Posted October 04, 2018 07:24:13I’m going to go out on a limb here and say that this is not an isolated case.
I know of multiple instances of patients with this reading being sent home.
It’s been happening for a while, and it’s a problem that has been overlooked by doctors and nurses alike.
So why are blood pressures at 130pms and below in the US?
That’s a very broad question, and I’ll try to answer it with a little history.
The American Medical Association (AMA) has been tracking blood pressure and stroke for over a century.
In fact, the American Heart Association (AHA) is responsible for writing the American Medical Code, which defines the symptoms of a heart attack.
In 1910, the AMA wrote a report on the role of blood pressure in preventing heart attacks, and in 1920, the AHA added a “disease” clause, allowing the AMA to diagnose and treat a condition if it could be linked to high blood pressure.
Then in 1921, the World Health Organization (WHO) began to study hypertension as a risk factor for heart attacks and strokes.
In 1924, they made the link between hypertension and heart attacks.
In 1965, the WHO published a report that concluded that hypertension was a “primary cause of cardiovascular disease” in the USA, but it still had a lot of room to grow.
The WHO also published a statement in 1972 saying that “a reduction in systolic blood pressure is associated with a reduction in stroke risk.”
In 1976, a study by the American College of Cardiology found that a doubling of the recommended blood pressure (from 120 to 130) in men was associated with an increased risk of stroke.
And the following year, a paper published in the American Journal of Clinical Nutrition found that even a 50 percent reduction in blood pressure was associated to a 3.7 percent increase in the risk of death from cardiovascular causes.
By the 1980s, the US had moved beyond a single “normal” range for blood pressure that was more than 50 points lower than it was at any time in human history.
That was enough for the US Surgeon General to write in 1982, “We are beginning to recognize the need for improved blood pressure management.”
In 1983, the Surgeon Generals office issued a statement saying that hypertension should be treated as a primary disease, and the American Institute of Medicine (AIOM) issued its own statement in 1987 that blood pressure could be considered a primary cause of death.
And in 1990, the NIH issued a paper titled “What the Experts Know About Hypertension,” which outlined what the current understanding was about blood pressure-related deaths and stroke.
It’s not as if the AMA has been silent about the problem, either.
In the past, the organization has issued statements on the matter, and there are several recent AMA statements that are relevant to the situation.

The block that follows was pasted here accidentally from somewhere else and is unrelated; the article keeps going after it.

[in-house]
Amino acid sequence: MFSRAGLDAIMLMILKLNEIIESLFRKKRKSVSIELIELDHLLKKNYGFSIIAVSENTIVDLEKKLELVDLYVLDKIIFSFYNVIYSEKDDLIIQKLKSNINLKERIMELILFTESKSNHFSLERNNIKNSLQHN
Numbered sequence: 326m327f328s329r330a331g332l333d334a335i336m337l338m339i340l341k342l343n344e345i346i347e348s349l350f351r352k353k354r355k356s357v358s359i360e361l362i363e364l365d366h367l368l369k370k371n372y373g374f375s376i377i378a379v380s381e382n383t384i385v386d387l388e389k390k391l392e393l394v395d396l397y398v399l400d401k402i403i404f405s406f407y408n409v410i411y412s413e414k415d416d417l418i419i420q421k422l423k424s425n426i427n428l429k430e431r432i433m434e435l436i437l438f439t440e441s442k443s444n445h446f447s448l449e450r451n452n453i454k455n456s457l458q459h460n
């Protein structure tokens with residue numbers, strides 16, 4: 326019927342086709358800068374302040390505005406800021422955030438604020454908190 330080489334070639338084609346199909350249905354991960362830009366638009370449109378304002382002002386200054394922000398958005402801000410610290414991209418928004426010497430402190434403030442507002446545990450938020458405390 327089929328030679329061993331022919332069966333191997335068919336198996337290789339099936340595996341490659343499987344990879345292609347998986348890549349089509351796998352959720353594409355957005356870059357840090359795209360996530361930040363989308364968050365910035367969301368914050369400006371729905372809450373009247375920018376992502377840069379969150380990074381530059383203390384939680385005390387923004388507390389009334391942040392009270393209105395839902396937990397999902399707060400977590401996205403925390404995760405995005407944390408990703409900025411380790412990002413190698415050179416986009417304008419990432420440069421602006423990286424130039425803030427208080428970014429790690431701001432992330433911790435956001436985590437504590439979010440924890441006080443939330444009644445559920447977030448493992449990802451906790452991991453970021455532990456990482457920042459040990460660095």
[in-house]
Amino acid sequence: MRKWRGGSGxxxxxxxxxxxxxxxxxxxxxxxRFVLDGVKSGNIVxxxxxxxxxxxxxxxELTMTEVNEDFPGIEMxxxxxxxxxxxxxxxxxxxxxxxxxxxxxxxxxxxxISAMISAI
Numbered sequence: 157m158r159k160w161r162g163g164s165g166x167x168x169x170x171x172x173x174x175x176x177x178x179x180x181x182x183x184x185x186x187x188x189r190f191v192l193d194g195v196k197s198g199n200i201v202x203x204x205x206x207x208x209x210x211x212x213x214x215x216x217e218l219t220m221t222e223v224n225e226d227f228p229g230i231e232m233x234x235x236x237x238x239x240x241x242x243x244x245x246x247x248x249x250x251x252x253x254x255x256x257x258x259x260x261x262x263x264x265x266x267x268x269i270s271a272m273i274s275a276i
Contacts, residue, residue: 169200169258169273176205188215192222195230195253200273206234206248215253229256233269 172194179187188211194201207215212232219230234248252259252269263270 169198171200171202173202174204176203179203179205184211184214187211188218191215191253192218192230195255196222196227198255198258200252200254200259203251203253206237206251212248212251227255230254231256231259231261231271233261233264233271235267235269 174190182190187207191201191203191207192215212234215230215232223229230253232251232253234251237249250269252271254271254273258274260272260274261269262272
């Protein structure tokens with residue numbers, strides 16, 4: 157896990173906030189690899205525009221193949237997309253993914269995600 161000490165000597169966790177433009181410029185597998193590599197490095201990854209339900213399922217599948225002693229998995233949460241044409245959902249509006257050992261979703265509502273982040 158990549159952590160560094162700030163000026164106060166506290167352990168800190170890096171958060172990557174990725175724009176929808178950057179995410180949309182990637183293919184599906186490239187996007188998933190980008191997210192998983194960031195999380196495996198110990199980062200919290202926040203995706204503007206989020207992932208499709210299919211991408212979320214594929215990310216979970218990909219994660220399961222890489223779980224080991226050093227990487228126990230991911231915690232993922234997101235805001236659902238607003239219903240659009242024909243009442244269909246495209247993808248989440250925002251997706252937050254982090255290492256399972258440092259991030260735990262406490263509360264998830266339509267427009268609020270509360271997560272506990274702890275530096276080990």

But as far as I can tell, there have never been any statements that address the issue in a way that specifically addresses the symptoms.
This is not to say that there hasn’t been discussion of the issue.
In 2012, a group of physicians from around the country signed onto a letter that called on the AMA, the AIOM, and other medical bodies to acknowledge the importance of blood pressures and strokes as risk factors for heart disease and mortality.
The letter also called on healthcare providers to be more educated about the dangers of hypertension.
That’s not to suggest that the AMA is not taking blood pressure seriously, either, and this is what AMA president Dr. Donald Regan said in response to the letter:When we were doing research for our book about hypertension, we came across a paper in the Journal of Hypertensive Disease and a conference called Heart and Stroke that had a very clear message for physicians.
They wanted us to put pressure on patients to see if they were experiencing any of the symptoms we’re seeing now.
It was a very important message.
That’s not the way that we do things in the AMA.
The AMA’s statement on blood pressure has been a little more equivocal than it should have been, but there has been some progress.
It would be great if the US government would recognize that hypertension is a disease that can be prevented, and we could start to talk about this more openly in healthcare, but that’s not going to happen.
In addition to the AMA and the AIO, there are also some medical societies that have issued statements that have taken a more neutral stance.
In 2011, the British Medical Association issued a letter calling for people to “avoid over-interpreting blood pressure” when interpreting their blood pressure because “there is a lack of objective data to support a link between systole and stroke.”
And in 2015, the International Society for Hypertensives issued a report calling for doctors to be “proactive” in understanding the symptoms, and for them to “consider the risk for hyperglycemia as a